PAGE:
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'It's something that's important to me': Husker football players speak out against racial injustice

'It's something that's important to me': Husker football players speak out against racial injustice

Iowa vs. Nebraska, 11.29

Nebraska's cornerback Cam Taylor-Britt gestures to the crowd at Memorial Stadium in November 2019.

When he felt like he needed to get something off his chest or ask questions this summer, Cam Taylor-Britt turned in a familiar direction.

He called mom.

In addition to living through a pandemic and trying to prepare for a football season that was on and then off and now is on again, the Nebraska junior defensive back and the rest of the Husker football team was on campus for several months of a growing conversation about social injustice and systemic racism not only in Lincoln but around the country.

Earlier this offseason, head coach Scott Frost lamented the fact that the pandemic prevented NU from gathering together its entire roster and talking through what players felt or how they might want to respond, particularly in the wake of George Floyd’s death in the custody of Minneapolis police officers in May.

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The Fight Isn’t Over Our Voices Will Be Heard ✊🏾 #BLM #blmmovement

A post shared by Cameron Taylor-Britt (@camjuice5) on

Taylor-Britt, a Montgomery, Alabama, native, attended at least one rally in Lincoln with several of his teammates and, like many college athletes, is using his platform on social media to say what he thinks needs to be said.

“I’d say, when I didn’t have anybody, I talked to my mom first off, because I feel like she has the answer to everything,” Taylor-Britt said Tuesday. “With the social injustice stuff, I’ve been seeing it for a very long time. I’m not a kid anymore and I know what’s going on. We just have to come together as people, I believe, and get this done. Stop fighting against each other, come together.”

Senior defensive lineman Ben Stille last month spoke on campus at a rally hosted by the Minority Student-Athlete Collective about white privilege and what being in a diverse college football locker room has taught him over the past four years.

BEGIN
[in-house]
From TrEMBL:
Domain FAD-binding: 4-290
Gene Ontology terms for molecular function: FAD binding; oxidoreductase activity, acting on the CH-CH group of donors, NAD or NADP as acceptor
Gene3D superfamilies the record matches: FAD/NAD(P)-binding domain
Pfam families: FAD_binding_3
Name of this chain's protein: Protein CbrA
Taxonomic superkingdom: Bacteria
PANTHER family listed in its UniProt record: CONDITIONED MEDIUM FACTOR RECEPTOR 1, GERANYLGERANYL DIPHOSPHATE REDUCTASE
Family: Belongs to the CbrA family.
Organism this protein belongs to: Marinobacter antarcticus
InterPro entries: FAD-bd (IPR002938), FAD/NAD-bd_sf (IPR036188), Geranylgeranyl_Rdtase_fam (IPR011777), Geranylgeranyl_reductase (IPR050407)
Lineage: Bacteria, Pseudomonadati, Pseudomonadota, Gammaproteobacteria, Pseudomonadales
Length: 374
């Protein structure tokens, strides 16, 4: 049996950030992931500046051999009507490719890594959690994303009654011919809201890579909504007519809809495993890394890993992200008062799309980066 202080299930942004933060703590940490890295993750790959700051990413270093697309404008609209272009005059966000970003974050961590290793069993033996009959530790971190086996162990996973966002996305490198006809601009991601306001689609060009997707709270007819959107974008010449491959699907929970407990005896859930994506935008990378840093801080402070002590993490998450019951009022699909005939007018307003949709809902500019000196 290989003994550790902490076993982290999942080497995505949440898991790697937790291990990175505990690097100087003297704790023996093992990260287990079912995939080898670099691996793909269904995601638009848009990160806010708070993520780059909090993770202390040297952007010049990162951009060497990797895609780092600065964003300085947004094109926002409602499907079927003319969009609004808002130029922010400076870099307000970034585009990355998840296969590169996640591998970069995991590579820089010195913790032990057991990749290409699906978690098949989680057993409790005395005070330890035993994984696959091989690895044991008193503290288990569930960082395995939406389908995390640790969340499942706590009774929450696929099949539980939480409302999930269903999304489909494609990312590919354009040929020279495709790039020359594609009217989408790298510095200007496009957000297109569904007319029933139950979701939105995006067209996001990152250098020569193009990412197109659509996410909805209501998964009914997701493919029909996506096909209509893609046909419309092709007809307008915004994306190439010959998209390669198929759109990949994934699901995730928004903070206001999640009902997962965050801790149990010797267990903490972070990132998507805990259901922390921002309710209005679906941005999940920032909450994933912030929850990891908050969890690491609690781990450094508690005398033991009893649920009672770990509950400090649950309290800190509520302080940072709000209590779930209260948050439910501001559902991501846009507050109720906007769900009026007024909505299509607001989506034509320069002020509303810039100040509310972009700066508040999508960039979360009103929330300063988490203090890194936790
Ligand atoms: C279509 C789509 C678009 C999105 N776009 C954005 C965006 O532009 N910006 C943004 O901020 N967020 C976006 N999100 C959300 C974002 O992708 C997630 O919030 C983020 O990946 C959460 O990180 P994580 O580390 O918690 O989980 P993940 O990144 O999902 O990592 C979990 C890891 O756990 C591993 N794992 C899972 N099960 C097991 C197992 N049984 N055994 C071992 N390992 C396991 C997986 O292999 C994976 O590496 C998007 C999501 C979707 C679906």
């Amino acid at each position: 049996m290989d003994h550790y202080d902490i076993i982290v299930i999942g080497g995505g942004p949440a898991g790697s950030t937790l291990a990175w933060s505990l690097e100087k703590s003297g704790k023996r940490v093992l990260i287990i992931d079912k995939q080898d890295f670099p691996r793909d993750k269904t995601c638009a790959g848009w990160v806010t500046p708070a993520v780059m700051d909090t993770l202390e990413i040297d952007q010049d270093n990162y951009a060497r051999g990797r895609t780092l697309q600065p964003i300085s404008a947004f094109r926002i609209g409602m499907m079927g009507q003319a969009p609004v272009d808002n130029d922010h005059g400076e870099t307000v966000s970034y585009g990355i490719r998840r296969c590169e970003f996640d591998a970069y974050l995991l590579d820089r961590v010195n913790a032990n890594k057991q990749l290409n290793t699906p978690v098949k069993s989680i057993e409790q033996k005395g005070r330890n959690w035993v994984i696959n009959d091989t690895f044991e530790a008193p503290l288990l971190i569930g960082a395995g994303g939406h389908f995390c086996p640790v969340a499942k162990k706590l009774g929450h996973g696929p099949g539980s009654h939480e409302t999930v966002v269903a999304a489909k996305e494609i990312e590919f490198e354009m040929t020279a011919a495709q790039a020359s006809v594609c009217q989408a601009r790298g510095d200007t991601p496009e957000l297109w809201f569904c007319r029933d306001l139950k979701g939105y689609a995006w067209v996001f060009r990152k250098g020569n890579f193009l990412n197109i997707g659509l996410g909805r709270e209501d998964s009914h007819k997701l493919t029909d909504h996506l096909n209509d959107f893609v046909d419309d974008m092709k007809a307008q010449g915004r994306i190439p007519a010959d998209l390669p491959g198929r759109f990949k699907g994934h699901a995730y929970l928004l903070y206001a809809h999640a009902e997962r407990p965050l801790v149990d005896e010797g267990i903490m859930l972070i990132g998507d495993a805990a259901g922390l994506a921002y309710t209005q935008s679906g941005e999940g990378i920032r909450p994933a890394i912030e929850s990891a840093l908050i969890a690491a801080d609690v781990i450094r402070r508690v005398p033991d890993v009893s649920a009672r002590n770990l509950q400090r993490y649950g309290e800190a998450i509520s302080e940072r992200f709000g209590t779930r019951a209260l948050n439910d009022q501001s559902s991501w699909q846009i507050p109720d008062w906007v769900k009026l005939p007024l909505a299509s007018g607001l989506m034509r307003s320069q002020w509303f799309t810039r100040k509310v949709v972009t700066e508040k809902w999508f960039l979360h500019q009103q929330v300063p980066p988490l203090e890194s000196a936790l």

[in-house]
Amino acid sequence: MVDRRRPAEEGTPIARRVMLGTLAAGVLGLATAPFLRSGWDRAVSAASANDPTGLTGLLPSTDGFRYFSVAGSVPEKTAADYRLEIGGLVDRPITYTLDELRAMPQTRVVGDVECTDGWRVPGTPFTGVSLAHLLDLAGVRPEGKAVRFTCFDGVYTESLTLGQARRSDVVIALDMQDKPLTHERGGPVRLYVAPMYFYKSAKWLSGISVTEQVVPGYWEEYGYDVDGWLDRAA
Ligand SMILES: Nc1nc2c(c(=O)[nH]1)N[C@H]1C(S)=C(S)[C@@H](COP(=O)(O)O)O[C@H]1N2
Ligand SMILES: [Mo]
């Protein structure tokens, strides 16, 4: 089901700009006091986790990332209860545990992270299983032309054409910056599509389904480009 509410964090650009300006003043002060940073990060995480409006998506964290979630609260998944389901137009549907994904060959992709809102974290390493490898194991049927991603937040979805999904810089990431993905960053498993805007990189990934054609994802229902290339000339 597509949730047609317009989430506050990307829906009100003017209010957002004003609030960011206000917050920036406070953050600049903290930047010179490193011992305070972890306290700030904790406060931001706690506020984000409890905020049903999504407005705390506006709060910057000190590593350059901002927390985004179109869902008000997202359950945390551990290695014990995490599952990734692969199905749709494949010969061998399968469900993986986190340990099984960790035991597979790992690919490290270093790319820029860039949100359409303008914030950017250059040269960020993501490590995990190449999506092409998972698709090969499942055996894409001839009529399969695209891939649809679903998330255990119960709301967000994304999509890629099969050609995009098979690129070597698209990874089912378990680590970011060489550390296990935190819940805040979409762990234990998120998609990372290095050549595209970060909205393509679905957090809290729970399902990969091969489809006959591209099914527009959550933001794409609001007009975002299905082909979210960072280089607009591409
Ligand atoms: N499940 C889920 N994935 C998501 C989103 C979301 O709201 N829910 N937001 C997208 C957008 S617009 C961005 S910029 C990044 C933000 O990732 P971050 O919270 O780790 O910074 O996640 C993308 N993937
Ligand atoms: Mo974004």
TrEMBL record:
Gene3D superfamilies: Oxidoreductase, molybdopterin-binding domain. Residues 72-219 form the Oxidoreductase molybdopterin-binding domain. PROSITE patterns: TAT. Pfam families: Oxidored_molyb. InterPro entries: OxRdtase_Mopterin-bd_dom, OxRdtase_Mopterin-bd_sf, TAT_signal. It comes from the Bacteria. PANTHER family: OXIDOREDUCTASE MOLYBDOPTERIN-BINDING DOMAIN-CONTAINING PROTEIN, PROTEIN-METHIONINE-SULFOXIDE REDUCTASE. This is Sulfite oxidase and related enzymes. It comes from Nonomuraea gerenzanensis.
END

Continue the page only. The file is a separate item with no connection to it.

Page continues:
“I’m good friends with (senior NU track and field athlete) Taylor Johnson, who is part of that group, and they were looking to have some more diversity speaking at the event and they asked me and it’s something that’s important to me,” the Ashland native said Tuesday. “I don’t necessarily like public speaking, but when it’s something that’s that important to me, I felt like it was something I should do.

“I was raised to stand up for what I think is right, even if it doesn’t directly affect me.”

Frost this summer said he thinks, “A football team gives you an environment where people of all different races and backgrounds can come together and learn about each other and see the good in one another and work together.

“Football teams, honestly, are kind of an example that other people can follow. And we need to be an example because of our influence here at Nebraska football, and we’ll try to be.”

Stille echoed that sentiment this week.

“Throughout the whole experience, I just kind of shared what my experience was with the situation,” he said. “Just coming from Ashland, Nebraska, next to no diversity, and just then coming to a school here and a football team here where I’ve been blessed to experience diversity and just how eye-opening that experience has been.”

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Contact the writer at or 402-473-7439. On Twitter @HuskerExtraPG.


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Husker football reporter

Parker joined the Journal Star as the University of Nebraska football beat writer in August 2017. He previously covered Montana State athletics for the Bozeman Daily Chronicle and graduated from the University of Wisconsin in 2012.

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